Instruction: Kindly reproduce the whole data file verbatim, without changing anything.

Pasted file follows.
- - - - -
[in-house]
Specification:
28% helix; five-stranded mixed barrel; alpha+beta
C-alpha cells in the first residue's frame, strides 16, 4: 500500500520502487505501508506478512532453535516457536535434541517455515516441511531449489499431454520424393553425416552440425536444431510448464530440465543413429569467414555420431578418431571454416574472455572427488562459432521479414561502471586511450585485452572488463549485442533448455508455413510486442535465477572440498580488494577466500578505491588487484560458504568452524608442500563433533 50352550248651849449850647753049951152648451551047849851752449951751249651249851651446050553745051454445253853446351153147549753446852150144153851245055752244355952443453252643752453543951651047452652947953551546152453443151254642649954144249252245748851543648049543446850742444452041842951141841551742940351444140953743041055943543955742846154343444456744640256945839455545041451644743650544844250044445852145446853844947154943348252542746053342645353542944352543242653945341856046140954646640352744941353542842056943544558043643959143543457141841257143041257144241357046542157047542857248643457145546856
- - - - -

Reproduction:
[in-house]
Specification:
28% helix; five-stranded mixed barrel; alpha+beta
C-alpha cells in the first residue's frame, strides 16, 4: 500500500520502487505501508506478512532453535516457536535434541517455515516441511531449489499431454520424393553425416552440425536444431510448464530440465543413429569467414555420431578418431571454416574472455572427488562459432521479414561502471586511450585485452572488463549485442533448455508455413510486442535465477572440498580488494577466500578505491588487484560458504568452524608442500563433533 50352550248651849449850647753049951152648451551047849851752449951751249651249851651446050553745051454445253853446351153147549753446852150144153851245055752244355952443453252643752453543951651047452652947953551546152453443151254642649954144249252245748851543648049543446850742444452041842951141841551742940351444140953743041055943543955742846154343444456744640256945839455545041451644743650544844250044445852145446853844947154943348252542746053342645353542944352543242653945341856046140954646640352744941353542842056943544558043643959143543457141841257143041257144241357046542157047542857248643457145546856